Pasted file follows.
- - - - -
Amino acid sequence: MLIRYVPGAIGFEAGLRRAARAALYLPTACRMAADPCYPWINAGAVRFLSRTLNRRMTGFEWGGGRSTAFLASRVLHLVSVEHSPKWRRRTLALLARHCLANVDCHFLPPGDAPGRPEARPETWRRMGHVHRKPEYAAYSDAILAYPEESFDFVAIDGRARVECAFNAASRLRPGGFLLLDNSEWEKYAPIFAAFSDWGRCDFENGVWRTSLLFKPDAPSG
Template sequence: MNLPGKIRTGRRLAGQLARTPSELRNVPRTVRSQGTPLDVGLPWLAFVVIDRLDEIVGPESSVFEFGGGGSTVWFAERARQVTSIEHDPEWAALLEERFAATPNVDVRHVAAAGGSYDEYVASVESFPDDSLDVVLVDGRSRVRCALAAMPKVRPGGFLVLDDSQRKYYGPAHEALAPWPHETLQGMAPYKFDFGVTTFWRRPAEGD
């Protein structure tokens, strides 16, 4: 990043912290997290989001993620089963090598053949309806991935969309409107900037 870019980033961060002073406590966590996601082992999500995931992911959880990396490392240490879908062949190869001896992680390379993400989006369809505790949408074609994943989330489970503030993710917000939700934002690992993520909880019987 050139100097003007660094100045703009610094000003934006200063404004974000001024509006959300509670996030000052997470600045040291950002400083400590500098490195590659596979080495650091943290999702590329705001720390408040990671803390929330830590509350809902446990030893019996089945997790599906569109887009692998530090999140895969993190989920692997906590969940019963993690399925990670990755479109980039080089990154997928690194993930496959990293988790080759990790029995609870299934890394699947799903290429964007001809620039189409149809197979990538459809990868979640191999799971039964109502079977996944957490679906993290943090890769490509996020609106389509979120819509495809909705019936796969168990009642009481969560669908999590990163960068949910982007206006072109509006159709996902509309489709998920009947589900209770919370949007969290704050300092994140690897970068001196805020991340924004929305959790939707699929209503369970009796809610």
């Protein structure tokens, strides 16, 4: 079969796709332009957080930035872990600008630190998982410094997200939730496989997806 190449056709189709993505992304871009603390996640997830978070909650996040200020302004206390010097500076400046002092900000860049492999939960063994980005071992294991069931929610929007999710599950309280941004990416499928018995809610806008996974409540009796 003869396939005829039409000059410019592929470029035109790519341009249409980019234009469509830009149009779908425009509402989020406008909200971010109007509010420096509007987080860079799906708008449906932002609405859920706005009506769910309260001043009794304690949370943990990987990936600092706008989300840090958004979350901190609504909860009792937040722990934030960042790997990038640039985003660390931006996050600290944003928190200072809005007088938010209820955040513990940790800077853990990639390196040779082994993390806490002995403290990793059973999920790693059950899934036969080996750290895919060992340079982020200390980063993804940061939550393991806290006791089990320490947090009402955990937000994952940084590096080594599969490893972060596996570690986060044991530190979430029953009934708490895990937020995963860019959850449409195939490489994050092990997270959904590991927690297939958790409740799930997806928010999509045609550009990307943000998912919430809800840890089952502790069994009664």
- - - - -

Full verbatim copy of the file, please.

Amino acid sequence: MLIRYVPGAIGFEAGLRRAARAALYLPTACRMAADPCYPWINAGAVRFLSRTLNRRMTGFEWGGGRSTAFLASRVLHLVSVEHSPKWRRRTLALLARHCLANVDCHFLPPGDAPGRPEARPETWRRMGHVHRKPEYAAYSDAILAYPEESFDFVAIDGRARVECAFNAASRLRPGGFLLLDNSEWEKYAPIFAAFSDWGRCDFENGVWRTSLLFKPDAPSG
Template sequence: MNLPGKIRTGRRLAGQLARTPSELRNVPRTVRSQGTPLDVGLPWLAFVVIDRLDEIVGPESSVFEFGGGGSTVWFAERARQVTSIEHDPEWAALLEERFAATPNVDVRHVAAAGGSYDEYVASVESFPDDSLDVVLVDGRSRVRCALAAMPKVRPGGFLVLDDSQRKYYGPAHEALAPWPHETLQGMAPYKFDFGVTTFWRRPAEGD
């Protein structure tokens, strides 16, 4: 990043912290997290989001993620089963090598053949309806991935969309409107900037 870019980033961060002073406590966590996601082992999500995931992911959880990396490392240490879908062949190869001896992680390379993400989006369809505790949408074609994943989330489970503030993710917000939700934002690992993520909880019987 050139100097003007660094100045703009610094000003934006200063404004974000001024509006959300509670996030000052997470600045040291950002400083400590500098490195590659596979080495650091943290999702590329705001720390408040990671803390929330830590509350809902446990030893019996089945997790599906569109887009692998530090999140895969993190989920692997906590969940019963993690399925990670990755479109980039080089990154997928690194993930496959990293988790080759990790029995609870299934890394699947799903290429964007001809620039189409149809197979990538459809990868979640191999799971039964109502079977996944957490679906993290943090890769490509996020609106389509979120819509495809909705019936796969168990009642009481969560669908999590990163960068949910982007206006072109509006159709996902509309489709998920009947589900209770919370949007969290704050300092994140690897970068001196805020991340924004929305959790939707699929209503369970009796809610």
């Protein structure tokens, strides 16, 4: 079969796709332009957080930035872990600008630190998982410094997200939730496989997806 190449056709189709993505992304871009603390996640997830978070909650996040200020302004206390010097500076400046002092900000860049492999939960063994980005071992294991069931929610929007999710599950309280941004990416499928018995809610806008996974409540009796 003869396939005829039409000059410019592929470029035109790519341009249409980019234009469509830009149009779908425009509402989020406008909200971010109007509010420096509007987080860079799906708008449906932002609405859920706005009506769910309260001043009794304690949370943990990987990936600092706008989300840090958004979350901190609504909860009792937040722990934030960042790997990038640039985003660390931006996050600290944003928190200072809005007088938010209820955040513990940790800077853990990639390196040779082994993390806490002995403290990793059973999920790693059950899934036969080996750290895919060992340079982020200390980063993804940061939550393991806290006791089990320490947090009402955990937000994952940084590096080594599969490893972060596996570690986060044991530190979430029953009934708490895990937020995963860019959850449409195939490489994050092990997270959904590991927690297939958790409740799930997806928010999509045609550009990307943000998912919430809800840890089952502790069994009664």